Jergens is NOT cruelty-free.
This means that this brand either tests on animals, pays for animal testing, or sells in mainland China. Some brands that fall under this category test on animals where required by law, which means they're not cruelty-free.
Jergens is owned by Kao, a company that is not cruelty-free.
At a Glance
|Finished products tested on animals||Yes, where required by law|
|Ingredients tested on animals||No, with possible exceptions|
|Suppliers test on animals||Uncertain|
|Third party animal testing||Yes, where required by law|
|Sold in mainland China||Yes|
Jergens's Official Animal Testing Policy
“Global society is taking steps towards the abolition of animal testing and the Kao Group supports such endeavor. In our development of cosmetics, we do not and will not conduct animal testing nor do we outsource this task to anyone. This excludes instances where we need to respond to societal expectations to evidence the safety of a product or when required to do so by government agencies in particular countries.
For products other than cosmetics, our policy is to not conduct animal testing unless it cannot be avoided due to lack of availability of alternative methods, regulatory requirements or other similar reasons. If testing on animals is unavoidable, we keep such testing to a minimum following the principles of animal welfare of the 3Rs (Replacement, Reduction and Refinement).”
Why We Classify Brands Like Jergens As “Not Cruelty-Free”
The term “cruelty-free” is unregulated. This means any brand can claim to be cruelty-free without breaking the law, even if they test on animals.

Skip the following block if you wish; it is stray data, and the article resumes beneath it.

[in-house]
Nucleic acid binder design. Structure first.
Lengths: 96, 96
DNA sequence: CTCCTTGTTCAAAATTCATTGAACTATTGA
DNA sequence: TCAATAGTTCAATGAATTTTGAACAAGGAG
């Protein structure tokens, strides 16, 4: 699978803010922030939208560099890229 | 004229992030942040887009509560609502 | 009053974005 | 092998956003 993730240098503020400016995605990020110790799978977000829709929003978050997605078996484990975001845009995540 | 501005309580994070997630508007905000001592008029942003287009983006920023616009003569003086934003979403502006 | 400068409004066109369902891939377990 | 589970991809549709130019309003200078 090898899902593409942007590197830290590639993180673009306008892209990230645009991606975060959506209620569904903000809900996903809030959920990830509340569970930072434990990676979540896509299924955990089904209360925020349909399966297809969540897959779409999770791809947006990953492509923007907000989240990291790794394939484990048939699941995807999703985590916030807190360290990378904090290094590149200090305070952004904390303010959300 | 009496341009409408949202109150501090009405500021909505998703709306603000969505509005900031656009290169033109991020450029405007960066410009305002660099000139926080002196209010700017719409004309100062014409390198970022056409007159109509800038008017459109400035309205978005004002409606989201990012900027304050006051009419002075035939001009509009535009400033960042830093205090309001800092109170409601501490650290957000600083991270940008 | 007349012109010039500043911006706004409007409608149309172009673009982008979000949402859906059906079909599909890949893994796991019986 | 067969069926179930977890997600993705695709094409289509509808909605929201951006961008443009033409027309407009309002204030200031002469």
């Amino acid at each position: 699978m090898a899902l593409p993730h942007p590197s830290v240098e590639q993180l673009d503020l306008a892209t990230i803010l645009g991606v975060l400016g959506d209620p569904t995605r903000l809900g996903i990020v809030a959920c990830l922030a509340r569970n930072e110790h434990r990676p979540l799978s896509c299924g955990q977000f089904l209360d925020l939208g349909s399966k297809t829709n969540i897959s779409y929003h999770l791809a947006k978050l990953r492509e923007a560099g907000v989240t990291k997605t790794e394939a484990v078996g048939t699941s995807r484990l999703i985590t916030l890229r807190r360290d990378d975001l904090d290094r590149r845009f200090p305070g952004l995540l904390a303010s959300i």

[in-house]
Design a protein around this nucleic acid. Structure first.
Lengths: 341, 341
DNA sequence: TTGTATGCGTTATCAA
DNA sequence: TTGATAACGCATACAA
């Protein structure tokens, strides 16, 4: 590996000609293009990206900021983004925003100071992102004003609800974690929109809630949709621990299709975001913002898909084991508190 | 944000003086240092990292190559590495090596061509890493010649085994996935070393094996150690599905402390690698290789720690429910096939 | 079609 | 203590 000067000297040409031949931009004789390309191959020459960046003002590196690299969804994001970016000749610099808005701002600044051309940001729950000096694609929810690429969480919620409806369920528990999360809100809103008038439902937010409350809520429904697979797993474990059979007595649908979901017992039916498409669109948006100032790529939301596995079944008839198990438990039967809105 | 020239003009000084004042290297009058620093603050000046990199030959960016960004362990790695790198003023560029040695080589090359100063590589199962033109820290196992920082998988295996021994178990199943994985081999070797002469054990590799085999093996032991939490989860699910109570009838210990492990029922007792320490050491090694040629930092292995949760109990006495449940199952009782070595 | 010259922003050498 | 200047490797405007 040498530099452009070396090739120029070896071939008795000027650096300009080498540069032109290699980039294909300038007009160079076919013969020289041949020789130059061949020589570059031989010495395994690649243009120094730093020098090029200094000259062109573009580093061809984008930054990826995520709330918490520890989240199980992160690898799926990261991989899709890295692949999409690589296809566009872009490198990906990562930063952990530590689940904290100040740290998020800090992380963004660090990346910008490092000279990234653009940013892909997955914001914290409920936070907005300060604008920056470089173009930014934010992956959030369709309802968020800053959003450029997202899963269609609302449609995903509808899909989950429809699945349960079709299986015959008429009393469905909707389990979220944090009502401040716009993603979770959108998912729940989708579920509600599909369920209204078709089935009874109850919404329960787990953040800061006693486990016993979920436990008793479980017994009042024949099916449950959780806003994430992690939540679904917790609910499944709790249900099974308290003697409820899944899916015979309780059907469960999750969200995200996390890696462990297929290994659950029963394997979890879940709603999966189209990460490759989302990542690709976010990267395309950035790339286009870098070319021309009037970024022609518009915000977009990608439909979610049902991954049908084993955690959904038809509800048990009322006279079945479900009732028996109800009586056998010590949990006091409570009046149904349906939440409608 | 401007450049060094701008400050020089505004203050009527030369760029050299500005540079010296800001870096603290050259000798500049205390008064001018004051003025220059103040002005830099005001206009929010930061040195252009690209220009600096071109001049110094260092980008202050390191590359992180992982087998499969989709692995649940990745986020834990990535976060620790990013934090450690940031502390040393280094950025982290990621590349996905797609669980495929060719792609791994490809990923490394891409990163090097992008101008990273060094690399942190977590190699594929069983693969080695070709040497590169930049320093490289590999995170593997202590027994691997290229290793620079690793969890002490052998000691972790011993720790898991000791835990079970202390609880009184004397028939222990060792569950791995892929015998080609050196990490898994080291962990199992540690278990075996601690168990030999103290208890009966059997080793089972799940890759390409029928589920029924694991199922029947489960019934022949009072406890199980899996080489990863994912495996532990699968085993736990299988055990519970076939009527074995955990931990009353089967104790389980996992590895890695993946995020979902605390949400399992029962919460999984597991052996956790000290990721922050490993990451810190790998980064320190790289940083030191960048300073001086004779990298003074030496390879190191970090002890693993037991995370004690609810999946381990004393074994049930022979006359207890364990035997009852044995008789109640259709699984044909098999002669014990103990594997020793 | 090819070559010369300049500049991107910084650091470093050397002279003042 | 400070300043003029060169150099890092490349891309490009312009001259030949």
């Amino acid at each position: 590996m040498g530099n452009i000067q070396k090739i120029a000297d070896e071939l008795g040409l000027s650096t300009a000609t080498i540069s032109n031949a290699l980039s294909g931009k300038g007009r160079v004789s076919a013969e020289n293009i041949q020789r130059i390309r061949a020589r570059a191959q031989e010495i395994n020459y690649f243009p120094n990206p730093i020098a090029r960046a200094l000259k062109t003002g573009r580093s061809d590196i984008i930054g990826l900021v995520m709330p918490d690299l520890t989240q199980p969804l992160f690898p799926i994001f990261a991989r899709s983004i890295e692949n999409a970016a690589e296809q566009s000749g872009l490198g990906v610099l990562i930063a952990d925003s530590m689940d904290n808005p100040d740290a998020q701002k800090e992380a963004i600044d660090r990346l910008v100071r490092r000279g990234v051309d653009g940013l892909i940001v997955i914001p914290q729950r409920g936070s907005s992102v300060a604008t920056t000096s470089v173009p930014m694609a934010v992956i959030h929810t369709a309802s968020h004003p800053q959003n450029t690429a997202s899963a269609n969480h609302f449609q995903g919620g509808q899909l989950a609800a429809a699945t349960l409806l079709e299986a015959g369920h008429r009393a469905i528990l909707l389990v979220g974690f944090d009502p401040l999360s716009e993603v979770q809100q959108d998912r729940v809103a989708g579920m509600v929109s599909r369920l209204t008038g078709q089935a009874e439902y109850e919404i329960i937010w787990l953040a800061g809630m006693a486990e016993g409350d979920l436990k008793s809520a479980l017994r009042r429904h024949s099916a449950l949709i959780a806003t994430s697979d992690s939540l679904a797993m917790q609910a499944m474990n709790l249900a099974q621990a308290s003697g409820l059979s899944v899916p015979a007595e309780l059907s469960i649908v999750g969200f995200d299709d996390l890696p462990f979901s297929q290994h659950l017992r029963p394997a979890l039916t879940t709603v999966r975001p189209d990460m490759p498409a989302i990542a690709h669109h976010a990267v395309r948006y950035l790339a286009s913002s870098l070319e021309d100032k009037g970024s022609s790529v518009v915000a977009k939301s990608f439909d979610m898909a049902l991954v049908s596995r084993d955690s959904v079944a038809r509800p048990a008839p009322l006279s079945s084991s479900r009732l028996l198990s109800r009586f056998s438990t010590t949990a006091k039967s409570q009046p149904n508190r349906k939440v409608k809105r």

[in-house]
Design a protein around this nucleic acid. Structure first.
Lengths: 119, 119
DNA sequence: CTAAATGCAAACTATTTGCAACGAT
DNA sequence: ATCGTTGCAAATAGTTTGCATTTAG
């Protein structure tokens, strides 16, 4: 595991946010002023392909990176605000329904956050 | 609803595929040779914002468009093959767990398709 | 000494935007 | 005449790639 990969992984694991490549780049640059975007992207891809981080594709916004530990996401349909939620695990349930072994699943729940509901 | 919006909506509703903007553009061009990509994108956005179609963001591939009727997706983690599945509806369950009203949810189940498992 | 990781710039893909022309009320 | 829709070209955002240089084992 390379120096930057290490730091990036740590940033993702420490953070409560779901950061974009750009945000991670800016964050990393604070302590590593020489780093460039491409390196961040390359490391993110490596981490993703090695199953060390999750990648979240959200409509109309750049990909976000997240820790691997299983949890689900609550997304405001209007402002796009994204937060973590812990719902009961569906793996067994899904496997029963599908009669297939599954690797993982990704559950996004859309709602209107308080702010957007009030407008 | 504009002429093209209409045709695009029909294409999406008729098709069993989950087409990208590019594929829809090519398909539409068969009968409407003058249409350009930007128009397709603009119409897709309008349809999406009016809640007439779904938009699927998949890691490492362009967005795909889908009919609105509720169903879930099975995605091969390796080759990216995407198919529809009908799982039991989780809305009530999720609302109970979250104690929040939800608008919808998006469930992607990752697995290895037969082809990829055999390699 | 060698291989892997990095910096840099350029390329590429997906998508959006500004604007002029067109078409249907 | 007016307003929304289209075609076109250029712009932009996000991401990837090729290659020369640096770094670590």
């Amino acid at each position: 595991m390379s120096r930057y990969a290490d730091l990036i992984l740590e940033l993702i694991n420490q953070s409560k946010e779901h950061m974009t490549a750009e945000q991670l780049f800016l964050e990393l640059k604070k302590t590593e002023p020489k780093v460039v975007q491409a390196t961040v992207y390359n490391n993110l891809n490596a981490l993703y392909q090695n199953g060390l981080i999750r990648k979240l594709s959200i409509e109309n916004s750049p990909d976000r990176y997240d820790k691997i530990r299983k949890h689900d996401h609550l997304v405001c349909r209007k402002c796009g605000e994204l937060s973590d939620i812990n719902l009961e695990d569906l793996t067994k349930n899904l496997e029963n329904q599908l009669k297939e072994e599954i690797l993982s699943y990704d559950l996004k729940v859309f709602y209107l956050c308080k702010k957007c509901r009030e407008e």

Because of this, we communicate with brands directly to gather information about their full animal testing policy.
Brands who are classified as “not cruelty-free” break one or more of the Cruelty-Free 5:
- Their company engages in animal testing
- Their suppliers engage in animal testing
- They allow third-parties to test on animals on their behalf
- They test on animals where required by law
- They knowingly sell cosmetics in stores in mainland China, where animal testing could be performed
A supplier is any company that sells the brand raw materials, ingredients, or finished products. A third-party is an outside company or entity, whether or not it’s hired by the brand.
What’s The Deal With China?
Many beauty brands choose to sell their products in China. It’s important to note that these companies can not be considered cruelty-free.
As of 2020, China still requires most cosmetics to be tested on animals in order to be sold in the country.
As for products which can bypass these mandatory tests, the Chinese authorities may still pull these products from the shelves and have them tested on animals. Although the chance is small, we believe that companies can not be considered “cruelty-free” while taking this risk.